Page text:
What about employee requiring leave and what entitlement is there to be paid?

There are a few scenarios that employers must consider

1.         If an employee is sick or has to care for a family member or a member of their household who is ill or injured.

The employee will be entitled to use their accrued paid sick/personal leave entitlements for any absence from work.  Casual employees are entitled to 2 days of unpaid carers leave.

2.         If a government health authority directs an employee to self-isolate or be quarantined but the employee is not sick.

In this scenario, the first step will be to determine if the employee can work from home.  An employer should consider what measures it can take to assist an employee to be able to work from home.

If the employee cannot work from home, then the employer and the employee will need to come to an arrangement about the leave which might include:

(a)        the employer offering a period of  paid special leave; or

(b)        allowing the employee to use annual leave or long service leave.

In this circumstance, when the employer has not required the employee not to attend work, there isn’t a statutory obligation on the employer to pay the employee during the self-isolation period.  The lawful requirement for the person to self-isolate renders them incapable of being able to do their job.  Of course, a cooperative approach in circumstances like this is recommended.

3.         An employee wants to stay home as a precaution from contracting the virus from others.

If it is not possible for the employee to work from home in this circumstance, then the employee will need to apply for annual leave or to use any accrued long service leave.

4.         An employer directs an employee to stay-at-home

Asking an employee to stay-at-home is effectively standing the employee down.  The Fair Work Act provides for the circumstances in which an employee can be stood down without pay and limits that to all circumstances in which the employee cannot do useful work because of equipment breakdown, industrial action or a stoppage of work for which the employer is not responsible.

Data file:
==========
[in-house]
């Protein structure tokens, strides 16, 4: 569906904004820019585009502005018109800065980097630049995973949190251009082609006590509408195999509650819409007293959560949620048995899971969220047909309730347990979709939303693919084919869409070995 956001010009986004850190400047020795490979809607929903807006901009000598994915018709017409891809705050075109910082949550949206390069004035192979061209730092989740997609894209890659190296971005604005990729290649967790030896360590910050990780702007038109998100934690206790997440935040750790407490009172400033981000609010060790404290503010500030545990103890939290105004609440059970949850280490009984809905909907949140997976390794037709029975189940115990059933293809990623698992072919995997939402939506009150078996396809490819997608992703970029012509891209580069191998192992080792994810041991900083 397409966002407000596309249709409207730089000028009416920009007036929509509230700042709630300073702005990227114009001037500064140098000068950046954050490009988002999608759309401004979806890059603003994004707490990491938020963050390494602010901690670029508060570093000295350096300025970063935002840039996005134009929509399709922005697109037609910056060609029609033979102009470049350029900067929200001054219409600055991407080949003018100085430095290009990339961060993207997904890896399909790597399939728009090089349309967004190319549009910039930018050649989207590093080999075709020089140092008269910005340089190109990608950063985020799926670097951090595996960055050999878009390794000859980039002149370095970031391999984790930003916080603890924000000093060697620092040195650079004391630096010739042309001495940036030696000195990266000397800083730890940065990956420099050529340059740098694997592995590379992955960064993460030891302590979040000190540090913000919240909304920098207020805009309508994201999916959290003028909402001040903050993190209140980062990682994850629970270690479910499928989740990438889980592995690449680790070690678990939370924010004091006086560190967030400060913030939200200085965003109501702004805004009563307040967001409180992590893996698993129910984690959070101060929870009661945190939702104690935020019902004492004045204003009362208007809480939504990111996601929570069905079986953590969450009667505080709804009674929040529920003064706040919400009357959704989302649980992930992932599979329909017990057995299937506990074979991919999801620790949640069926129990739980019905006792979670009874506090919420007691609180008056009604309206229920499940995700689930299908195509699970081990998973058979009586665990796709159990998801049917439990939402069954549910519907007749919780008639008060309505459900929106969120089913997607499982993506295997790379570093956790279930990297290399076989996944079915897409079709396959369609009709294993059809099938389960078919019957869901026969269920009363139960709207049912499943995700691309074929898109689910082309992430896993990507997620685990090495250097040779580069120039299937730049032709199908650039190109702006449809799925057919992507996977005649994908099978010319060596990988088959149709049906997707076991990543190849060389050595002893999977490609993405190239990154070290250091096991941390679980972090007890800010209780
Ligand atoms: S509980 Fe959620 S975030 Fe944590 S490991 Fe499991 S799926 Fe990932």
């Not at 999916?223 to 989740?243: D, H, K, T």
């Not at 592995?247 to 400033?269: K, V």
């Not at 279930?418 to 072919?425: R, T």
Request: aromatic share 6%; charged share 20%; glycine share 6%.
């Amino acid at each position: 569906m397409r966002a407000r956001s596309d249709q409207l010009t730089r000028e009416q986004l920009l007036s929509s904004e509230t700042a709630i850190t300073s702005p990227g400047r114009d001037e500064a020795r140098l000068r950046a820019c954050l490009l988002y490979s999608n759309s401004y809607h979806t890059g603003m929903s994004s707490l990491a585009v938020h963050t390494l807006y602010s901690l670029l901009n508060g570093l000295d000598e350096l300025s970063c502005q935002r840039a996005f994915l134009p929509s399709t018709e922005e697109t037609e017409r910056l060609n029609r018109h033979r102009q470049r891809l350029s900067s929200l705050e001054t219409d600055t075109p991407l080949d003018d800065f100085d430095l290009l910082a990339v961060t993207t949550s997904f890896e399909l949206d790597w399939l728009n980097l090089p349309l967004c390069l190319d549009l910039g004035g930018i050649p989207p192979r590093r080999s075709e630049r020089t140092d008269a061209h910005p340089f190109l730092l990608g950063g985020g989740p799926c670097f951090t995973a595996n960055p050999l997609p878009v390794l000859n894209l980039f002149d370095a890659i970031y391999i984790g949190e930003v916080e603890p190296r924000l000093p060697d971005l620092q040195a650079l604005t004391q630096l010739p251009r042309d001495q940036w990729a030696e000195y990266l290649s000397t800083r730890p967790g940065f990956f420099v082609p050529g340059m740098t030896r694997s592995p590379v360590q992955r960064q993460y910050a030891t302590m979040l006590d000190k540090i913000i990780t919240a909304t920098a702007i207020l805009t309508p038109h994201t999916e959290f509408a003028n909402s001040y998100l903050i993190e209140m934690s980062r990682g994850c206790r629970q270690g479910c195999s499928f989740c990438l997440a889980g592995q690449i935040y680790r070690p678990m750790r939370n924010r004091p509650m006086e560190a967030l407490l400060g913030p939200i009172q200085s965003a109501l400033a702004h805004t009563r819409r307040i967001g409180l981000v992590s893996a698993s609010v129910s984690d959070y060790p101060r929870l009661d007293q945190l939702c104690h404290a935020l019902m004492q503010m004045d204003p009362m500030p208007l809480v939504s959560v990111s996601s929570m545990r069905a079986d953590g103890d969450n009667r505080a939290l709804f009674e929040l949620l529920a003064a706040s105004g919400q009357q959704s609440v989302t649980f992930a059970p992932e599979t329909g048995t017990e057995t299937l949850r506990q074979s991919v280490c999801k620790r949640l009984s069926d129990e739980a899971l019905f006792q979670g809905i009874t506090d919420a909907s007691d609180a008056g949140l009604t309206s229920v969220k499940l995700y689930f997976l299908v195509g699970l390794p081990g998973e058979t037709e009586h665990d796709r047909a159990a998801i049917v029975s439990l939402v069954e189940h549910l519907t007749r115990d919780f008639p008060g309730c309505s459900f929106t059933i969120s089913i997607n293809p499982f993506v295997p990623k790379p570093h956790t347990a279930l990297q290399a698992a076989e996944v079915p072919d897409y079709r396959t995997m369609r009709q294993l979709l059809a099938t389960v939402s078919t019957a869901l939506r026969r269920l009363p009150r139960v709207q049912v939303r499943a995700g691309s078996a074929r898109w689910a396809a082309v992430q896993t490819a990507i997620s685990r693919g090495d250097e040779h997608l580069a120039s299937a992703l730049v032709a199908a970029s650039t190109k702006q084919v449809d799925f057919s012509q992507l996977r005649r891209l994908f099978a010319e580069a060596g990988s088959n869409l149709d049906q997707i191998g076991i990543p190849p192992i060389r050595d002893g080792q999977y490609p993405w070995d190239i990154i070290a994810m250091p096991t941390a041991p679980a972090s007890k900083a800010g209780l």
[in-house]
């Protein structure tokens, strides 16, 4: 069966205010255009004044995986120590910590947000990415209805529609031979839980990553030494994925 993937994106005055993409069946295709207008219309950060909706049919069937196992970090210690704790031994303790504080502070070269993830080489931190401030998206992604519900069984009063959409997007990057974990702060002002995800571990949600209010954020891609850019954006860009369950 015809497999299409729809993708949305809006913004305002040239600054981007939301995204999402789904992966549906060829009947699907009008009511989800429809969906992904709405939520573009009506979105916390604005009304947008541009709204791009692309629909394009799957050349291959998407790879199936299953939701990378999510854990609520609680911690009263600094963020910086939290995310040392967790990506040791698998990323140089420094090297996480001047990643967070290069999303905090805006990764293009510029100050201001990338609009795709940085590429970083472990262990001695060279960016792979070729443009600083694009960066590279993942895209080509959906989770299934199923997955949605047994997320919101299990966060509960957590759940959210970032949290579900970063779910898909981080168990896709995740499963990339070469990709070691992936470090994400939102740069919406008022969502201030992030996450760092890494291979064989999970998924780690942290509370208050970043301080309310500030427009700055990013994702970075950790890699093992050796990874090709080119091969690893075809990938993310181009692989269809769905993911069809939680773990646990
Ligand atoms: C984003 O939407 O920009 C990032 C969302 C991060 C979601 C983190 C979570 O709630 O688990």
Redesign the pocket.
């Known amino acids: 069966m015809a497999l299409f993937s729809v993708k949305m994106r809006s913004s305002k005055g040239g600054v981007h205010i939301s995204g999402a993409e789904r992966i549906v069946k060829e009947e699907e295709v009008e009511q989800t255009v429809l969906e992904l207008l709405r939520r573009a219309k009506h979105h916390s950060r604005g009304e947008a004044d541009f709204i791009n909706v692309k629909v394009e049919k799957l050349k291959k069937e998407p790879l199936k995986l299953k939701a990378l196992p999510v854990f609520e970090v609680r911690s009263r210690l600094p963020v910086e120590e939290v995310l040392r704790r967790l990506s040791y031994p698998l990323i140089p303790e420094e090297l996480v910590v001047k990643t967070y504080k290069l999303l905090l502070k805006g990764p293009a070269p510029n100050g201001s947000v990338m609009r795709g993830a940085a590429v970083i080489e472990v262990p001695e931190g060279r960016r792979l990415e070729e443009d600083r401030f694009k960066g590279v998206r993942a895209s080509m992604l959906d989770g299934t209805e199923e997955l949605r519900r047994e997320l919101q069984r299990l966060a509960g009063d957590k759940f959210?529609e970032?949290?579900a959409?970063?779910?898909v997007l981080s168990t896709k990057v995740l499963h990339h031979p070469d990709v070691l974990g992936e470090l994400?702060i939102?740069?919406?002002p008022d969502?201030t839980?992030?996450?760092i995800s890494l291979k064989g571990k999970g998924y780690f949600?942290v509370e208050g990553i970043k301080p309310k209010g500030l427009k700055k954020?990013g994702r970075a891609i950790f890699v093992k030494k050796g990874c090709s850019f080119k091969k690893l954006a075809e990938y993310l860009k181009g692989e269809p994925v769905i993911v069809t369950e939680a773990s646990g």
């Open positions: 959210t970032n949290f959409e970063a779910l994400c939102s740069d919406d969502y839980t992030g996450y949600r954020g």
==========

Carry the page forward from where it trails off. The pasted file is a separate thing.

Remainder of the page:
In circumstances where the employer stands the employee down for work health and safety reasons, or where there is an immediate risk to health and safety, employers are required to pay the employee during the stand down period.

Of course, an employer should check any enterprise agreement or employment contracts to determine if  there are other grounds for which it is possible to stand an employee down without pay. For example, an enterprise agreement may provide that the employer can stand employees down without pay if the employee is unable to undertake their work without being a work health and safety risk.

Employers can require an employee to take a period of paid annual leave for the self-isolation period if that request is reasonable (e.g. the employee has excessive annual leave accrued) and if any requirements in an applicable modern award or enterprise agreement are satisfied. Likewise, an employer can direct employees to take a period of accrued long service leave subject to the legal requirements in each State.

Seek advice

The Covid-19 creates a unique situation and the appropriate course of action will vary from circumstance to circumstance.

The decisions you make may also be affected by the need to maintain productive and cooperative relationships with employees and this may, in some circumstances, result in employers agreeing to a period of special paid leave.

Otherwise, employers need to be prepared to take legal advice in these unique circumstances in order to minimise any risks of disputation, employee dissatisfaction or breaches of the employer’s statutory obligations or Award obligations in managing this unique situation.


This article is general commentary on a topical issue and does not constitute legal advice. If you are concerned about any topics covered in this article, we recommend that you seek legal advice.

For further information please contact the authors Martin Alden, Partner or Robert King, Partner.

The Authors

Martin Alden


Robert King


Jessica Cirnigliaro